Capital Inflows and House Prices: Aggregate and Regional Evidence from China

Hui An, Lijie Yu, Rakesh Gupta

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Rising house prices in China have been of concern for investors and policymakers. Prices have risen substantially in the last decade, especially in large urban cities, and some economists have expressed concerns about the affordability of residential housing for young adults. This phenomenon becomes a major concern for policymakers, in terms of managing policies to balance the residential needs of individuals and the transition to a market economy. Theoretically, house prices ought to be linked to economic factors such as disposable income, availability of land to build and credit policy. However, it appears that traditional economic theories fail to appropriately explain house prices in China. We provide an explanation from the perspective of capital inflows into China. In terms of per capita remittances, China receives the highest inflow of foreign capital, and this may have a significant impact on risk adjusted returns in the Chinese market. To investigate this relationship, we use the vector error correction model to assess the impact of capital inflows on house prices. We find that capital inflows have a significant positive effect on house prices. The study makes important contributions to understanding the relationship between house prices and foreign remittances after controlling for other economic factors. China is a large economy. Because the impact of economic development in China has not been consistent across the country, we address the regional differences in the house price changes to capital inflows. Using regional data, we show that capital inflows have an asymmetric effect on the housing market across different provinces and cities of China. This has important implications for the development of economic policies in China that aim to provide fair access to residential housing for everyone. These findings are also relevant to investors in the housing market, whether investing for a personal residential home or as part of their diversified investment portfolio. It will also be informative to see how a reversal of capital inflows associated with tighter financing conditions in advanced countries will affect house prices in China.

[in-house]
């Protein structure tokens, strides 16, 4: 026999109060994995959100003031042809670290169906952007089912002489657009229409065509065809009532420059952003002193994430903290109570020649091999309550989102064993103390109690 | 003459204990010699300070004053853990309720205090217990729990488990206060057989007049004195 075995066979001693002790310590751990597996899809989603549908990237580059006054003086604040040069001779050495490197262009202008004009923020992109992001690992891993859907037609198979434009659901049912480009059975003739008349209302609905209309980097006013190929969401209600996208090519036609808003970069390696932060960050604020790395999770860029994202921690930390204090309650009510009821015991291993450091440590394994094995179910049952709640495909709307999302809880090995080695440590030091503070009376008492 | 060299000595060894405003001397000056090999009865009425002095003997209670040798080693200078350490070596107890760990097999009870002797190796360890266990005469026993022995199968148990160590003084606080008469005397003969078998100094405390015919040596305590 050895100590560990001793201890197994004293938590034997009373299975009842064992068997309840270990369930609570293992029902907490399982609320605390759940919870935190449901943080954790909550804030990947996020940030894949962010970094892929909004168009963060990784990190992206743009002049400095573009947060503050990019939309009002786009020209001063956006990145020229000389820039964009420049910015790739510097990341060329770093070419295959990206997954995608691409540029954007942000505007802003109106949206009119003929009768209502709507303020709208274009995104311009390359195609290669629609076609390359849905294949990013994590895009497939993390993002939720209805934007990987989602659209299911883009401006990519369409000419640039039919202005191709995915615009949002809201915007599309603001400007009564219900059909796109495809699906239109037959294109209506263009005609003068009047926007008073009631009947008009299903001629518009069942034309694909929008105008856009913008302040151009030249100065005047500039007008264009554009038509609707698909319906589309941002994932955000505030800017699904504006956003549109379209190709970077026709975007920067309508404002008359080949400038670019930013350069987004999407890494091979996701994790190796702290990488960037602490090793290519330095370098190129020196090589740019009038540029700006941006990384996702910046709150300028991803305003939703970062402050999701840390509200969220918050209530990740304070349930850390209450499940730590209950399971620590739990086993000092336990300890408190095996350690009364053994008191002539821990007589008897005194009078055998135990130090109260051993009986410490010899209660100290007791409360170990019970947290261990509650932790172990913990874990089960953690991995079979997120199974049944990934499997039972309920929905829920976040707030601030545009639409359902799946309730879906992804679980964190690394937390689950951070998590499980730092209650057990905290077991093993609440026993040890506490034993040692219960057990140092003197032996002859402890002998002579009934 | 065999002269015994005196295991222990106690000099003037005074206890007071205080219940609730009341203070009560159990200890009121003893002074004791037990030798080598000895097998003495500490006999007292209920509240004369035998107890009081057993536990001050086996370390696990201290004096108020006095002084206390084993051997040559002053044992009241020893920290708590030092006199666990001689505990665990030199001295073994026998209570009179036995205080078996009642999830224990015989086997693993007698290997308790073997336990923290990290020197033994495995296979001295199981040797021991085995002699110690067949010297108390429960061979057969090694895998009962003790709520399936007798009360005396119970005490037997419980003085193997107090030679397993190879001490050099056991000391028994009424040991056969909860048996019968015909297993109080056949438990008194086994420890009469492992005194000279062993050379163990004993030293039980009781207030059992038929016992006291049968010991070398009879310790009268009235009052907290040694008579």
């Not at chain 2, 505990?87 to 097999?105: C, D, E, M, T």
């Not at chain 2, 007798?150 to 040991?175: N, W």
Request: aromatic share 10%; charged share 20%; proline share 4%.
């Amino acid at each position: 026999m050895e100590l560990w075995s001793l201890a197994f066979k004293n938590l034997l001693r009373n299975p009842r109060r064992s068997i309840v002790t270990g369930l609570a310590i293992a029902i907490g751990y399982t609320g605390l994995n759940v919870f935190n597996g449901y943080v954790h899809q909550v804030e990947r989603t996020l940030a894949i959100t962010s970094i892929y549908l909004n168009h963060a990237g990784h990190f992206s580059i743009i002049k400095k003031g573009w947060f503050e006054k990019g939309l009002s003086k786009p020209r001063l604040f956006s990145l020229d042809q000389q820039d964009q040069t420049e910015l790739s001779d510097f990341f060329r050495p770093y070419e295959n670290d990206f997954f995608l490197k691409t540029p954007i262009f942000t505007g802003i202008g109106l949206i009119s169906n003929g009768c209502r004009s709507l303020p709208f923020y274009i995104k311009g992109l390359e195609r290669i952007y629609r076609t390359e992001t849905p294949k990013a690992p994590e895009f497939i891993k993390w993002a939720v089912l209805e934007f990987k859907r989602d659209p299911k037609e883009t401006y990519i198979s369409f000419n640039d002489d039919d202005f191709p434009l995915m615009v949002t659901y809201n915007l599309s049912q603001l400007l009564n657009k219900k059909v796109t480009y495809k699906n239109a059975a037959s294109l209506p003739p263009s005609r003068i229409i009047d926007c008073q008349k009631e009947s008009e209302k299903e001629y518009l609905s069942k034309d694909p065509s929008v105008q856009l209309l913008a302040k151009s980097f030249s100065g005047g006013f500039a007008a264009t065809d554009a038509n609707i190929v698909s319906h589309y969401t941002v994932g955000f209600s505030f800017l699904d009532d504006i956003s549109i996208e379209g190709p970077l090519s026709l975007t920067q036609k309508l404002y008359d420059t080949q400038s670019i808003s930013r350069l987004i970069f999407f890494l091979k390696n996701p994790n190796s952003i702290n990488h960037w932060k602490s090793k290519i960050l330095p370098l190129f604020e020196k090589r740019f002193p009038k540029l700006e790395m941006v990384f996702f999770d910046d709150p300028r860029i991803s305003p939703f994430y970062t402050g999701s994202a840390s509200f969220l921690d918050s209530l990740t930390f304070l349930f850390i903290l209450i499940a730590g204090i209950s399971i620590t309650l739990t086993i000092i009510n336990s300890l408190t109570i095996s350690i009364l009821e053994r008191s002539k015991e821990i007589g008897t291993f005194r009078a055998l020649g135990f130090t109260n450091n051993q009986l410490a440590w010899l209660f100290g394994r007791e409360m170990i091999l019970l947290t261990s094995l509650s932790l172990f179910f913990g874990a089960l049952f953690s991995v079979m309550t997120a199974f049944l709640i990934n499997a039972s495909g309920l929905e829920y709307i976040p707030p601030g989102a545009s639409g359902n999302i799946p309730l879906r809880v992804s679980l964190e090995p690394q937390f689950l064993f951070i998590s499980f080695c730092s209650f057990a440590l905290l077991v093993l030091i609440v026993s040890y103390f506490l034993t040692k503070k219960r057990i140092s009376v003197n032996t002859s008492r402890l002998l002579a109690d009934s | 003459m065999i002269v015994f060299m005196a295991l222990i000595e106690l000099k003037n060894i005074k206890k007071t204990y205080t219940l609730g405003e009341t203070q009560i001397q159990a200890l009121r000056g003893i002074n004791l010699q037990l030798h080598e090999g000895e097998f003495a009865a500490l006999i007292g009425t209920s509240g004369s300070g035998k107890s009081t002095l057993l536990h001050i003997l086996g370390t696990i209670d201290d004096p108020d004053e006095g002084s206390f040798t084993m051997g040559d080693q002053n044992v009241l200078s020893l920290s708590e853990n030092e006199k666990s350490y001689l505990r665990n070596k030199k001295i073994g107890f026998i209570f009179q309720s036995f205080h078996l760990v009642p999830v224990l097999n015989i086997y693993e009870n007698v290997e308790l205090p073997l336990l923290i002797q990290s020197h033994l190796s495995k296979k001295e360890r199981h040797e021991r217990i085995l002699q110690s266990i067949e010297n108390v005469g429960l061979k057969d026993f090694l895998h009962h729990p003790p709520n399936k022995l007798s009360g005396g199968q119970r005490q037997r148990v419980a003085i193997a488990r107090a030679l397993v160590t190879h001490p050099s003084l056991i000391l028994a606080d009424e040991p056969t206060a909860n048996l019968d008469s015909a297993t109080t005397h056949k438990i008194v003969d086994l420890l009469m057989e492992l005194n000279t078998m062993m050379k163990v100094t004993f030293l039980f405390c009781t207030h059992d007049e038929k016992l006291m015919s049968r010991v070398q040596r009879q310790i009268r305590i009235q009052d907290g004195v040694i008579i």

Original languageEnglish
Pages (from-to)451-475
Number of pages25
JournalAustralian Economic Papers
Issue number4
Publication statusPublished - 23 Mar 2017


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